The Centers for Disease Control and Prevention (CDC) is updating its guidelines for prescribing opioids for chronic pain, citing new research on alternative treatments to treat pain rather than recommending strict dose limits on prescription practices that were in the initial guidelines, according to the agency’s website. The current guidelines date to 2016.
In the 1990s there was a call by some pharmaceutical companies, insurers and pain specialists for better control of pain for common medical problems like back pain and arthritis, which was intertwined with a simultaneous aggressive marketing push for prescription drugs like OxyContin, according to a recent Oregon Public Broadcasting (OPB) report.
Journalist Beth Macy’s 2018 book “Dopesick: Dealers, Doctors, and the Drug Company That Addicted America” showed how the pharmaceutical company Purdue Pharma’s devious marketing of OxyContin directly contributed to patients getting addicted to the prescription pain meds, leading to the epidemic crisis in the U.S., according to Healthline.
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The report noted the streaming platform Hulu adapted the book into a partially fictionalized limited series titled “Dopesick” which concentrated on the epidemic crisis through the perspective of the doctors and addicts as well as the pharmaceutical company who downplayed the addiction potential while aggressively up-marketing them.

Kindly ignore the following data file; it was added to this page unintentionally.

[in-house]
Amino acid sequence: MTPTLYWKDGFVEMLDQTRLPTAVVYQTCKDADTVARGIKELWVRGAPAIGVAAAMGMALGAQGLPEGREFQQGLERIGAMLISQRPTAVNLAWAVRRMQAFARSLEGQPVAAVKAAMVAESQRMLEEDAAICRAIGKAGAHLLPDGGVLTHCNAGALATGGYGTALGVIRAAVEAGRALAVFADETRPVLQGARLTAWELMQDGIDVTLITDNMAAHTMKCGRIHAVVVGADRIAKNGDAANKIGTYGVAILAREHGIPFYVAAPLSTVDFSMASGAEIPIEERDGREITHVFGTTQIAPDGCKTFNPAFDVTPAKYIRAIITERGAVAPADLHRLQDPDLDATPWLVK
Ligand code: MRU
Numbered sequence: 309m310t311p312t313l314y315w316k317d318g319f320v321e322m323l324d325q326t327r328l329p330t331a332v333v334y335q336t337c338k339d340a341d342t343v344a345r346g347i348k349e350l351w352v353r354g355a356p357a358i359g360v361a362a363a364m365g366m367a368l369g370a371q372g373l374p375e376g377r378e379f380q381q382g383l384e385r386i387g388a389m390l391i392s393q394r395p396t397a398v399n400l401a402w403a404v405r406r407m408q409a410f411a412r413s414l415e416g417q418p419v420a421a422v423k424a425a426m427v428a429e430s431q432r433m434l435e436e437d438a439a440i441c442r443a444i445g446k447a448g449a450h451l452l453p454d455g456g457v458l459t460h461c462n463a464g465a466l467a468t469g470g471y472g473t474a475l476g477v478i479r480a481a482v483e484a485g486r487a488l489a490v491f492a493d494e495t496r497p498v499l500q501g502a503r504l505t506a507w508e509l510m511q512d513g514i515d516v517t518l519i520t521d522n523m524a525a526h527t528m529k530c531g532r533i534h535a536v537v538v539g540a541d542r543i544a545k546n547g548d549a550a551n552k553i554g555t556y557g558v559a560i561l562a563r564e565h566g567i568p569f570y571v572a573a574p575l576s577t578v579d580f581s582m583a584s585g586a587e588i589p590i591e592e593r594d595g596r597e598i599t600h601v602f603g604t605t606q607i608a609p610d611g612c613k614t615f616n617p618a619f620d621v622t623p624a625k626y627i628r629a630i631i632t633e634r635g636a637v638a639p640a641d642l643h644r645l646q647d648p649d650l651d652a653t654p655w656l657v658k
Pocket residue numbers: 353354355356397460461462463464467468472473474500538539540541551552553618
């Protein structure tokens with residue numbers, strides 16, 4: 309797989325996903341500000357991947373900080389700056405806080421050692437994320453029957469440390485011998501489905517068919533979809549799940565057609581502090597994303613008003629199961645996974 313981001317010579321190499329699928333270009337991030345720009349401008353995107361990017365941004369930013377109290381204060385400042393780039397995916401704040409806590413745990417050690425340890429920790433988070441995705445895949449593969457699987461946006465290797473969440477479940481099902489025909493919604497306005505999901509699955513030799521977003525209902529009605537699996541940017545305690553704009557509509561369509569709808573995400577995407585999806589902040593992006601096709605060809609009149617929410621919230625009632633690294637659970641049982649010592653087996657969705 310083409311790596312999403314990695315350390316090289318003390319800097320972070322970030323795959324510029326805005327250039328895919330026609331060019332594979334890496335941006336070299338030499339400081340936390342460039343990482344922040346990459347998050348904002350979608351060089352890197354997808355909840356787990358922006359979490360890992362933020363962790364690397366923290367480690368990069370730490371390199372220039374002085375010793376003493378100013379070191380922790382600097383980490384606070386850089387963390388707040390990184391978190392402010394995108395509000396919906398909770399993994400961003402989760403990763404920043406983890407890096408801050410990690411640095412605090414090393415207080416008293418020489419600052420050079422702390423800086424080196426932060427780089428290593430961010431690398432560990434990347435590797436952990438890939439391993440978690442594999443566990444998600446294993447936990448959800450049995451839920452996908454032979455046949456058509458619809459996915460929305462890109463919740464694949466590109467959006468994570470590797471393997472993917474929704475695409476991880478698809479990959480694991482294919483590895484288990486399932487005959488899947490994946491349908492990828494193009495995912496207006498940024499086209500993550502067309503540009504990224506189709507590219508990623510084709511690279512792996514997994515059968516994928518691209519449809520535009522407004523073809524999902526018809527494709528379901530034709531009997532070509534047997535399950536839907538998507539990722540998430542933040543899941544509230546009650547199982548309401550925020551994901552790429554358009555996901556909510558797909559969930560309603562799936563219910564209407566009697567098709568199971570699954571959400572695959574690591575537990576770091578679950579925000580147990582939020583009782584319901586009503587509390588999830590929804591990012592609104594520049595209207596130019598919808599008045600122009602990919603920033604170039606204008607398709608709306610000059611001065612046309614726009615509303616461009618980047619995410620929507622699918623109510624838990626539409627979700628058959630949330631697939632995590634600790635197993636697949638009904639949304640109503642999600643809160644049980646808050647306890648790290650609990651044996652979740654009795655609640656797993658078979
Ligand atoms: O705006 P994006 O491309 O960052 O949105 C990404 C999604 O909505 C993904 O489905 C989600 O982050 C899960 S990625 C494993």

In response to the worst opioid epidemic in U.S. history, the CDC issued the 2016 opioid prescribing guidelines to ” … ensure that clinicians and patients consider safer and more effective treatment, improve patient outcomes such as reduced pain and improved function, and reduce the number of persons who develop opioid use disorder, overdose, or experience other adverse events related to these drugs.”
These guidelines recommended opioids should not be as first-line treatment for chronic pain, instead suggesting nonpharmacological options, but when opioid prescriptions were prescribed for acute pain, the prescriptions only be for a maximum of three days, according to the OPB report.
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Although these were voluntary guidelines, the report noted the 2016 guidelines were adopted by many physicians, leading to a dramatic decline in opioid prescriptions, but some patients and drug manufactures criticized the guidelines for not allowing pain to be adequately treated.
“We began to hear how the guidelines were being misused and misapplied,” said Christopher Jones, a co-author of the draft guidance and acting director of the CDC’s National Center for Injury Prevention and Control.
The CDC responded by using a multifaceted approach to revise the guidelines, including a comprehensive review of the new research on the treatment of acute and chronic pain, public engagement of both patients and clinicians working in the field and establishing an independent Opioid Working Group to review and provide feedback on the draft.
“The previous  guidance has harmed patients with chronic pain, cancer, sickle cell disease, and those in hospice. The restrictive policies also failed patients who are stable on long-term opioid therapy, and it has denied care to post-surgical patients and those with an opioid use disorder,” said Dr. Bobby Mukkamala, chair of America Medical Association Substance Use and Pain Care Task Force.
The main message of the updated guidelines is for doctors to first recommend non-prescription-based therapies and nonopioid prescriptions, like prescribing physical therapy, massage and acupuncture or prescribing ibuprofen over opioids, according to the report.
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“The CDC’s new draft guideline – if followed by policymakers, health insurance companies and pharmacy chains – provides a path to remove arbitrary prescribing thresholds, restore balance and support comprehensive, compassionate care,” Mukkamala noted.